Why Do So Many Raw And Freeze-Dried Pet Food Companies Use HPP?

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The FDA’s Food Safety Modernization Act of 2011 (FSMA) mandated new regulations for both human and pet food suppliers, chief among them the “Zero Tolerance” mandate for pet food companies.  This requires that any pet food sold is free from E.coli, salmonella & listeria.

This standard is so high that even human foods are not required to comply with it.

Raw pet food companies employ a range of responses to the FDA’s standards, but HPP is the most popular.

The Downsides

There are more than 2,500 strains of Salmonella. 

Guess how many are harmful? 

If you guessed about 100, you win. Of these 100, only a handful of strains cause the majority of illnesses. But the Zero Tolerance policy covers every strain of Salmonella, which is why there is an ongoing scuffle between raw food companies, the FDA, and the USDA about this standard.

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The Upsides

It keeps both humans and pets safe because, unfortunately, 4D (dead, dying, diseased, or downed) meats are allowed in pet foods.

While dogs tolerate bacteria (that whole omnivore v carnivorous species thing), the bacterial load from a healthy, well-cared animal is very different from the bacterial load found in 4D meats. Their systems aren’t invulnerable to the high bacteria loads that 4D meats are known to carry.

It is also much safer to handle clean, quality food than handle 4D meats that could cause serious health issues for the immunocompromised among us.

Until we address the use of 4D meats as an industry, this policy protects our pets’ welfare.

Dr. Bessent’s Perspective

From the DIY raw feeders to commercial, the reality is everyone has the bacterial load of meats to contend with– and the best defense against it is sourcing quality meat first and foremost. 

As carnivores, dogs and cats are designed to healthfully process the normal bacteria loads found in their prey. That’s why pets can (and do!) lick their butts, eat poop, and not die (though their parents may die from embarrassment when these behaviors happen in public). But, a carnivore’s skillset is only as good as the quality of meat they’re eating.

In a dream world, the rancid, bacteria-laden 4D meats and meat meals wouldn’t be allowed in pet food, but that’s not the case. So, regulations and processes have to be in place.  

We aren’t going to tell you to choose or not choose foods processed with HPP. That’s for you to decide. Instead, we can offer a bit of guidance when you are choosing. 

The best guidance? Ask questions…

  • About sourcing and the quality of their ingredients, including meats

Are they using real, whole foods?

      • Clean, quality, USDA-inspected meats and organs, including grass-fed beef and wild-caught fish

      • Grocery-grade, non-GMO organic fruits and vegetables

      •  A whole food calcium source like USDA-inspected necks (avoid bone meal)

  • About transparency

Is the food third-party tested for pathogens?

A quality pet food company may have a lookup feature or post these results to verify this.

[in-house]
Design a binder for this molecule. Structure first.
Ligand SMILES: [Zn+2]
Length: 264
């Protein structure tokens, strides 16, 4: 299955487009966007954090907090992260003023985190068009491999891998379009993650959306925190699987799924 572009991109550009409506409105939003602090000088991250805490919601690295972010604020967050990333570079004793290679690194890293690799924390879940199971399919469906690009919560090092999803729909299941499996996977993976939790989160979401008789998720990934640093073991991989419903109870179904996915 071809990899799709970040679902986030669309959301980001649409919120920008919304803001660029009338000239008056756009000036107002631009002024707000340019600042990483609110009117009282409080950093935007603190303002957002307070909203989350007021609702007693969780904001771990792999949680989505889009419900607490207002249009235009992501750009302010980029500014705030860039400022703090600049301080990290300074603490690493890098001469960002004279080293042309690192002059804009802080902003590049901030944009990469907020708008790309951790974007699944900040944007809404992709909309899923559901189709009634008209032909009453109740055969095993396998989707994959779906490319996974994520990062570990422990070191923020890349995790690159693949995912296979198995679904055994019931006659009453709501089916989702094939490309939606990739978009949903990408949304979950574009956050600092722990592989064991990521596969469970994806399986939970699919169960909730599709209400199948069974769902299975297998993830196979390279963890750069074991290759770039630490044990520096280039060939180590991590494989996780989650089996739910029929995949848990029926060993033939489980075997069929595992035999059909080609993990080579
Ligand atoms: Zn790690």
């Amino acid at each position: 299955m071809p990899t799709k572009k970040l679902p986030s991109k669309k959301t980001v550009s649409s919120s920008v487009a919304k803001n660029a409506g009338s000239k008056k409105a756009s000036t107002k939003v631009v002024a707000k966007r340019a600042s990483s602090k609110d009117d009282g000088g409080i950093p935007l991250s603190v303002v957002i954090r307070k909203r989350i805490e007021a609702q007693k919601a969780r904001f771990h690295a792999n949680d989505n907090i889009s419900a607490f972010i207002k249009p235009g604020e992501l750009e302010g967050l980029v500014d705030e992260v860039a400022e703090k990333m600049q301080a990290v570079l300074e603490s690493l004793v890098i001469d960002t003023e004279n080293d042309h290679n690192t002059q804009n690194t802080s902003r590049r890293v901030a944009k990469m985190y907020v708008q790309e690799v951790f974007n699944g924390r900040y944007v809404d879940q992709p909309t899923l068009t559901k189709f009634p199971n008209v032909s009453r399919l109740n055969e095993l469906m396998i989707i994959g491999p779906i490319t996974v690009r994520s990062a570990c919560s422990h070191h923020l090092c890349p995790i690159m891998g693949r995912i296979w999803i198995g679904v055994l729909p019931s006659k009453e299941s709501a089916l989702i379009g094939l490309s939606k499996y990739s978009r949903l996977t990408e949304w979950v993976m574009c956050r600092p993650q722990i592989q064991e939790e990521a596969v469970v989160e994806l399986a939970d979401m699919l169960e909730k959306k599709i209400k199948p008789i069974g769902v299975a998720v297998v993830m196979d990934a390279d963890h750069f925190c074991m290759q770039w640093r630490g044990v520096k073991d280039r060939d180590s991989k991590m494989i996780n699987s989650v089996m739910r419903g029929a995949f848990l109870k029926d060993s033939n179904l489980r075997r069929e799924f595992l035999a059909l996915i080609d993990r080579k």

We can’t speak for other companies, but Dr. Bessent explored all of her options when creating The Simple Food Project recipes, including HPP. She decided to develop her own pasteurization step in the freeze-drying process.

She formulated these diets using only 13-16 real, raw whole food ingredients to give her clients a better option. Each recipe blends freeze-dried and dehydrated food in proportions especially for your carnivore– high in quality, human-grade meats (70-80% per recipe- all USDA inspected) and low in carbohydrates (15-23% from fresh USDA organic fruits, veggies, and seeds).

Besides being a safe and effective pasteurization process, the best thing about freeze-dried food is that it retains about 97% of its original vitamins and minerals, so your pup is getting every vitamin, mineral, and antioxidant from food alone.  It is the closest option to real, raw, whole food in a shelf-stable form.  It allows the average pet parent to feed a species-appropriate diet without having to balance and source a diy raw diet. 

Ultimately, it’s up to you. Whatever you do, you’ve got options, information, and questions in tow. And you’ll be able to check off what matters most– real, whole foods for your carnivore.

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Dr. Chris Bessent

Chris Bessent, DVM, MSOM, Dipl. OM, L.Ac. has over thirty years of experience in veterinary medicine including certificates in veterinary acupuncture, veterinary chiropractic and veterinary Chinese herbology. Imbued with Eastern philosophy and the knowledge that food is the foundation of health, Dr. Bessent also received her degree in veterinary nutrition and began to formulate recipes fit for a carnivore from nothing but whole foods. Currently, she divides her time between the Simple Food Project and Herbsmith, both of which are owned and operated out of her facilities in southeastern Wisconsin.

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Jen Stiff

Jen is a freelance writer, editor, and storyteller. She lives in San Diego with her rescue dog, Meatball (breed: Alaskan Eskimo chicken nugget remix). Meatball meows like a cat but does not bark and loves sunshine more than life itself. Besides Meatball, Jen also loves toast, traveling, and reading under puffy clouds.

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Kayla is the Content Writer for The Simple Food Project. She has a cat named Professor Cat-Faced Meowmers, who goes by Kitty, and a goof of a dog, named Duck. She stays busy biking trails, playing board games, and searching for the next best craft beer.